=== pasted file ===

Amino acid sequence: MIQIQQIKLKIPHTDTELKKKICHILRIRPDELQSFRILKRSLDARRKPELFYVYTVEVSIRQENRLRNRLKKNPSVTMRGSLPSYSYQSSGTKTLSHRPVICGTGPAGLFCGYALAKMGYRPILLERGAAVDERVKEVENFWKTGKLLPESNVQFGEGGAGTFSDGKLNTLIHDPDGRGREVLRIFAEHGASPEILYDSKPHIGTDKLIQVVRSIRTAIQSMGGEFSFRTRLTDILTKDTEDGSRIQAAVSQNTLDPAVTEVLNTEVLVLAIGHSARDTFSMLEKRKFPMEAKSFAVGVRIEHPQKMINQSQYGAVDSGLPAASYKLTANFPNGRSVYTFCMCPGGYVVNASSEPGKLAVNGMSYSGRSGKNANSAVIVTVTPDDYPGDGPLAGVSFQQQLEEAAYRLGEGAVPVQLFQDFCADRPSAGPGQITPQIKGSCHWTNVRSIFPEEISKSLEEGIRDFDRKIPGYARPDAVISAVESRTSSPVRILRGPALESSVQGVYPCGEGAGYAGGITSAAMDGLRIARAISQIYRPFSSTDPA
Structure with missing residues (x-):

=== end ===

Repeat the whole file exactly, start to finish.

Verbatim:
Amino acid sequence: MIQIQQIKLKIPHTDTELKKKICHILRIRPDELQSFRILKRSLDARRKPELFYVYTVEVSIRQENRLRNRLKKNPSVTMRGSLPSYSYQSSGTKTLSHRPVICGTGPAGLFCGYALAKMGYRPILLERGAAVDERVKEVENFWKTGKLLPESNVQFGEGGAGTFSDGKLNTLIHDPDGRGREVLRIFAEHGASPEILYDSKPHIGTDKLIQVVRSIRTAIQSMGGEFSFRTRLTDILTKDTEDGSRIQAAVSQNTLDPAVTEVLNTEVLVLAIGHSARDTFSMLEKRKFPMEAKSFAVGVRIEHPQKMINQSQYGAVDSGLPAASYKLTANFPNGRSVYTFCMCPGGYVVNASSEPGKLAVNGMSYSGRSGKNANSAVIVTVTPDDYPGDGPLAGVSFQQQLEEAAYRLGEGAVPVQLFQDFCADRPSAGPGQITPQIKGSCHWTNVRSIFPEEISKSLEEGIRDFDRKIPGYARPDAVISAVESRTSSPVRILRGPALESSVQGVYPCGEGAGYAGGITSAAMDGLRIARAISQIYRPFSSTDPA
Structure with missing residues (x-):